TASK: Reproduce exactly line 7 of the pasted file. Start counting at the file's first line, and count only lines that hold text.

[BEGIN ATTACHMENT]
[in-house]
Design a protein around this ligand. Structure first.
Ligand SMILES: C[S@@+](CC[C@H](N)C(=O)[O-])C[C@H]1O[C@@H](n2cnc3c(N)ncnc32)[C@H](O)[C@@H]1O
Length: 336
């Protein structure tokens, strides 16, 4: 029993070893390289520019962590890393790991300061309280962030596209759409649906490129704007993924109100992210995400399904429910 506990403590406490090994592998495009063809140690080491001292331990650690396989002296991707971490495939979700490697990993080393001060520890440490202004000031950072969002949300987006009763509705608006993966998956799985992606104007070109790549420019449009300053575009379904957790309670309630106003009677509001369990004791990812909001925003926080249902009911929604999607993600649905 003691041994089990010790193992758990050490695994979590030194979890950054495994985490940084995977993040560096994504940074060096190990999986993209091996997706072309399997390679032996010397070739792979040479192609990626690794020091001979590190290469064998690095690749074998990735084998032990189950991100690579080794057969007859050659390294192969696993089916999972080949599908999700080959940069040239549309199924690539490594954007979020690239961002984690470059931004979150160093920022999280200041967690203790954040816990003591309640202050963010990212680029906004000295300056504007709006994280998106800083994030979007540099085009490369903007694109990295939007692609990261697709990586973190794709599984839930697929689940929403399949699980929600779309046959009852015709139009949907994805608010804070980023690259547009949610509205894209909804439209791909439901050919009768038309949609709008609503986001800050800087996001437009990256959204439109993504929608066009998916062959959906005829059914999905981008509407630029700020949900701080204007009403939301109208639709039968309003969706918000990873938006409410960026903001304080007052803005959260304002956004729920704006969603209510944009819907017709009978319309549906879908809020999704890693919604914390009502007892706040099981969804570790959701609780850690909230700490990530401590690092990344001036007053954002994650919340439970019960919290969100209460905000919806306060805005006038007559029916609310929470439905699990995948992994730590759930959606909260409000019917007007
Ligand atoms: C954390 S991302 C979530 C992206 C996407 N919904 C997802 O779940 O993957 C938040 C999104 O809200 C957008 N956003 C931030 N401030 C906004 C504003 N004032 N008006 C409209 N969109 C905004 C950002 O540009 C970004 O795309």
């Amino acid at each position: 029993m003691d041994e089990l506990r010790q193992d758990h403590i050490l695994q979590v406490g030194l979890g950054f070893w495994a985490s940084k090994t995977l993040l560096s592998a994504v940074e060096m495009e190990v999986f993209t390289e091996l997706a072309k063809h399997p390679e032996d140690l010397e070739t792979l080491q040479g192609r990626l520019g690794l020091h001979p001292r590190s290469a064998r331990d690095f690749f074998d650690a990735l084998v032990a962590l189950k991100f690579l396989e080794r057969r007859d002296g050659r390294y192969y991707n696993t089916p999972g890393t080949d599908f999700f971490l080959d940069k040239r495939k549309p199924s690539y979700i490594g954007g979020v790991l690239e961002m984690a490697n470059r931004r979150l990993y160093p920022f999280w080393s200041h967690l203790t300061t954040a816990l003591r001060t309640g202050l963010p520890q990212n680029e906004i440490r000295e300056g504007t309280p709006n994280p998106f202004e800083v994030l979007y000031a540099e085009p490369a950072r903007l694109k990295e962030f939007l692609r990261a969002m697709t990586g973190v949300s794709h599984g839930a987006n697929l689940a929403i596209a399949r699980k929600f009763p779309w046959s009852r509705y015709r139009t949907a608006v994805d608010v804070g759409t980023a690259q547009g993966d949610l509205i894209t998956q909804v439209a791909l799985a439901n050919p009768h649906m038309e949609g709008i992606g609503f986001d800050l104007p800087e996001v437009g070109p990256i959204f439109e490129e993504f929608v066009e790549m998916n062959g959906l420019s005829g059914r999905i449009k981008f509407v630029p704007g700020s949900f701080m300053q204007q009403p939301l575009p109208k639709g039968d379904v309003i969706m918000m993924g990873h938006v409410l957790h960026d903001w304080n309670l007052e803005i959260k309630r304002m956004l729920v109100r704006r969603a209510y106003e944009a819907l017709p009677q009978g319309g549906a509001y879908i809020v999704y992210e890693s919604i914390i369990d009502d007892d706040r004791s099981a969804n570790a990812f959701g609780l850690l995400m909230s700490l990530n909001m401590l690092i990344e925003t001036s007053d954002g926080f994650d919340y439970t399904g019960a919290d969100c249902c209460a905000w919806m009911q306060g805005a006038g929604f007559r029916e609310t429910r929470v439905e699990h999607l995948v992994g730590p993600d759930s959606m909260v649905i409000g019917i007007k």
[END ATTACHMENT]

């Amino acid at each position: 029993m003691d041994e089990l506990r010790q193992d758990h403590i050490l695994q979590v406490g030194l979890g950054f070893w495994a985490s940084k090994t995977l993040l560096s592998a994504v940074e060096m495009e190990v999986f993209t390289e091996l997706a072309k063809h399997p390679e032996d140690l010397e070739t792979l080491q040479g192609r990626l520019g690794l020091h001979p001292r590190s290469a064998r331990d690095f690749f074998d650690a990735l084998v032990a962590l189950k991100f690579l396989e080794r057969r007859d002296g050659r390294y192969y991707n696993t089916p999972g890393t080949d599908f999700f971490l080959d940069k040239r495939k549309p199924s690539y979700i490594g954007g979020v790991l690239e961002m984690a490697n470059r931004r979150l990993y160093p920022f999280w080393s200041h967690l203790t300061t954040a816990l003591r001060t309640g202050l963010p520890q990212n680029e906004i440490r000295e300056g504007t309280p709006n994280p998106f202004e800083v994030l979007y000031a540099e085009p490369a950072r903007l694109k990295e962030f939007l692609r990261a969002m697709t990586g973190v949300s794709h599984g839930a987006n697929l689940a929403i596209a399949r699980k929600f009763p779309w046959s009852r509705y015709r139009t949907a608006v994805d608010v804070g759409t980023a690259q547009g993966d949610l509205i894209t998956q909804v439209a791909l799985a439901n050919p009768h649906m038309e949609g709008i992606g609503f986001d800050l104007p800087e996001v437009g070109p990256i959204f439109e490129e993504f929608v066009e790549m998916n062959g959906l420019s005829g059914r999905i449009k981008f509407v630029p704007g700020s949900f701080m300053q204007q009403p939301l575009p109208k639709g039968d379904v309003i969706m918000m993924g990873h938006v409410l957790h960026d903001w304080n309670l007052e803005i959260k309630r304002m956004l729920v109100r704006r969603a209510y106003e944009a819907l017709p009677q009978g319309g549906a509001y879908i809020v999704y992210e890693s919604i914390i369990d009502d007892d706040r004791s099981a969804n570790a990812f959701g609780l850690l995400m909230s700490l990530n909001m401590l690092i990344e925003t001036s007053d954002g926080f994650d919340y439970t399904g019960a919290d969100c249902c209460a905000w919806m009911q306060g805005a006038g929604f007559r029916e609310t429910r929470v439905e699990h999607l995948v992994g730590p993600d759930s959606m909260v649905i409000g019917i007007k």